The claimants introduced another appeal to the new decision on 25 October 2016, which was still pending at the time that the claimants introduced their communication to the CRC Committee. The claimants noted that the while the decision of the Office of Foreigners could be appealed, the appeals body did not have the competence to take a decision in lieu of the one it annulled. (para 2.8) The second visa refusal decision was also later overturned on 26 April 2018. In the meanwhile, the female claimant had taken up primary residence in Morocco and was living with C.E., traveling to Belgium two or three times per year and her husband lived in Belgium primarily but was visiting Morocco for two to three months every year to be with his family.

The communication alleged that the Belgian State violated the rights of C.E. under Articles 2, 3, 10, 12 and 20 CRC. The claimants noted that although kafala is recognized as a protection measure for children under the 1996 Hague Convention on Parental Responsibility, to which Belgium is party, the claimants’ various attempts to unite with the child in Belgium had been derailed. The claimants contended that C.E. experienced discrimination as a child having the nationality of a third country that recognizes a different institution of adoption; the child’s best interests had not been considered; and although the child was too young to be heard, the State had an obligation to ensure the child’s proper representation; and that art. 20 CRC should be read to include kafala.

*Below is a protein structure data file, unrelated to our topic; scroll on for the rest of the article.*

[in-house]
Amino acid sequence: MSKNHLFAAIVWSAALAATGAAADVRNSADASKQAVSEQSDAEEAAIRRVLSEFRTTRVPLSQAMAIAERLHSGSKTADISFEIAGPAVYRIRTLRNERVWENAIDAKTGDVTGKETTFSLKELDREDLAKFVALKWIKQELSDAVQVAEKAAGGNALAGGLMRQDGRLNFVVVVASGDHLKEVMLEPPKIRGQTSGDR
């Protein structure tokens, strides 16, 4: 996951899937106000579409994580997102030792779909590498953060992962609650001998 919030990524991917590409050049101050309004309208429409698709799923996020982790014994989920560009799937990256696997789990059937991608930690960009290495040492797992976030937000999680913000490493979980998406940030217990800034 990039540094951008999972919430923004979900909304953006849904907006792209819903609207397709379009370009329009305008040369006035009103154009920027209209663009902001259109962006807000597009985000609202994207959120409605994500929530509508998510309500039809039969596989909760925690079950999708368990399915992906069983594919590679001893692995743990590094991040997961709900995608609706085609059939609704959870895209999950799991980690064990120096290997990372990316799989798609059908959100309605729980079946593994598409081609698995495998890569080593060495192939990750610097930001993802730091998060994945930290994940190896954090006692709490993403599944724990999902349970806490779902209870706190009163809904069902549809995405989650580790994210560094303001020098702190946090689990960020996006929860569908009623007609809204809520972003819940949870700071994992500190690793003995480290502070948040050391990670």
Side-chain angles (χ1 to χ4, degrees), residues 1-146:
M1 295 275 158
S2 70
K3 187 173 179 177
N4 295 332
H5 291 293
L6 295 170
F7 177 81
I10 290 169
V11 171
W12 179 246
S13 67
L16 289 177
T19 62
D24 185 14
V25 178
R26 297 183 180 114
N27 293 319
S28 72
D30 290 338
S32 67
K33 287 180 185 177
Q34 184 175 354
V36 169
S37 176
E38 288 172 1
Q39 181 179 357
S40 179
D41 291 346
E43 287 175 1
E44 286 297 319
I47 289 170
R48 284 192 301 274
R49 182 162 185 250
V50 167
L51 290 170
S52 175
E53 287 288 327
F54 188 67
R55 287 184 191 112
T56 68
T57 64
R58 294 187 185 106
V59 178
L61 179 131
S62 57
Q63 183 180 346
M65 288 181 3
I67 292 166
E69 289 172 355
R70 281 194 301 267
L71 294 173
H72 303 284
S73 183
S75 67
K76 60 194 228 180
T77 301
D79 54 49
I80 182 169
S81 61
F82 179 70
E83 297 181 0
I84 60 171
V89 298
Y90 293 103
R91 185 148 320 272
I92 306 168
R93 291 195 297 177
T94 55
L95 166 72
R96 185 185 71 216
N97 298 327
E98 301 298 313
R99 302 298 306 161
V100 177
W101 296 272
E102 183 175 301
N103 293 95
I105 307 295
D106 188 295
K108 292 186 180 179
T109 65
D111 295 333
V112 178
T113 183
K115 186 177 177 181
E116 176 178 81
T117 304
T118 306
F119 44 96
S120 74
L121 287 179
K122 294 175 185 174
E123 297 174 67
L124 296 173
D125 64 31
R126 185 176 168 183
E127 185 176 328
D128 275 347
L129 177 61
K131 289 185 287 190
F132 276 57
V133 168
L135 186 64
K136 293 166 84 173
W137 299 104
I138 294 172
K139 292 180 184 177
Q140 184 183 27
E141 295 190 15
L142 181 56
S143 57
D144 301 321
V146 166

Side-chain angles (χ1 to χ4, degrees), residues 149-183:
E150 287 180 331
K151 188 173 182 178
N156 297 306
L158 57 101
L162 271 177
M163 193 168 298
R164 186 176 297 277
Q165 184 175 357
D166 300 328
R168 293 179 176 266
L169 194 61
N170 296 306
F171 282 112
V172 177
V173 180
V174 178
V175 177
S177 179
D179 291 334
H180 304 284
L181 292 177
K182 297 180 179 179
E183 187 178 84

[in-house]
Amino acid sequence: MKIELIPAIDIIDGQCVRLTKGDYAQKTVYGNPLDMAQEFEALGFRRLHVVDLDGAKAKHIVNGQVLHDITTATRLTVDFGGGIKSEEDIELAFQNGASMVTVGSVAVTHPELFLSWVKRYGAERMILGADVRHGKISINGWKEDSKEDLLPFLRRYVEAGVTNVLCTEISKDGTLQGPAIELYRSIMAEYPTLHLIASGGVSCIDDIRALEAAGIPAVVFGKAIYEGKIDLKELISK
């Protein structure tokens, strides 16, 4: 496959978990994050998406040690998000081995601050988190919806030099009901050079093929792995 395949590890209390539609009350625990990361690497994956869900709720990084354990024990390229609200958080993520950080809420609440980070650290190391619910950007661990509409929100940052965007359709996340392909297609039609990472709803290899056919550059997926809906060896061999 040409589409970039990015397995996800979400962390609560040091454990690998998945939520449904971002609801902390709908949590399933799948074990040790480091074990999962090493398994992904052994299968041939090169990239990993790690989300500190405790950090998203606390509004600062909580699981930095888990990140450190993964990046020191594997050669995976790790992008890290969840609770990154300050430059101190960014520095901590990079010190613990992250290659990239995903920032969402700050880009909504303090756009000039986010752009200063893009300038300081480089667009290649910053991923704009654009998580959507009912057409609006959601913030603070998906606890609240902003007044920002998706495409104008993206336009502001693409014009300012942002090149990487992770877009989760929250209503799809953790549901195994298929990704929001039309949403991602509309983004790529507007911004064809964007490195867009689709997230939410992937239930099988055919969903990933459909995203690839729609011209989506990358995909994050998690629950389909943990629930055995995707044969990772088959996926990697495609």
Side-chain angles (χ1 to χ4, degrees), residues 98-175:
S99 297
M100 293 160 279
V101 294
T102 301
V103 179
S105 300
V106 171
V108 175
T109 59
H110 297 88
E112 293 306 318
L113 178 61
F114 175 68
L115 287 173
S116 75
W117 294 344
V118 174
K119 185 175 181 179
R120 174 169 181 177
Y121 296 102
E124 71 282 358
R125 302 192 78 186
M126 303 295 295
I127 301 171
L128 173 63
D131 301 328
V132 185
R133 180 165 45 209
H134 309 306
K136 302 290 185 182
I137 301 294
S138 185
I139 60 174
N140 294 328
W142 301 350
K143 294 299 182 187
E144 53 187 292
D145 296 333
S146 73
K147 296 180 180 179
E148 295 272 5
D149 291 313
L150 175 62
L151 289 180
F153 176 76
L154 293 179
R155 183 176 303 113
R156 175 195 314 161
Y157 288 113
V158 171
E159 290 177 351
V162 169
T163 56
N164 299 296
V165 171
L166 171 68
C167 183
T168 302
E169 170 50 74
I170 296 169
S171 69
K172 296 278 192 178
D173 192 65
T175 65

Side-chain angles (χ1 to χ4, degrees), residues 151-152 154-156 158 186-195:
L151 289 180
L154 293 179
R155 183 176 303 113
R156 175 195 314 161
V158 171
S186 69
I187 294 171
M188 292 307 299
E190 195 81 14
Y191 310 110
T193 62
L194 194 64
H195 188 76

Belgium expressed the view that the communication should be considered inadmissible for failing to exhaust domestic remedies, since the appeal process of the second refusal decision had been pending at the time of the communication and was considered an effective remedy by Belgium. On the substance, Belgium alleged that adoption and kafala were two different institutions; kafala being an institution that ends when the child is no longer a minor and one which does not create a parental relationship. Belgium also alleged that the claimants had not respected the conditions set in the civil code that allows for the recognition of a kafala and also questioned whether the procedures followed in Morocco in instituting the kafala had been conducted in the best interests of the child in question.


The CRC Committee found the complaint to be admissible because the appeals mechanism available was not an effective remedy as it could not go beyond overturning the decision of the Office of Foreigners and did not have decision-making power. By already having used the appeals mechanism twice, the claimants were considered to have exhausted domestic remedies. The Committee then went on to examine the alleged violations of arts. 2, 3, 12 and 10 of the CRC, excluding art. 20 from examination because the claimants had failed to adequately motivate their allegations.

The CRC Committee concluded that there had been violations of arts. 3, 10 and 12 CRC but did not consider it necessary to examine whether the same facts constituted a violation of art. 2 (non- discrimination).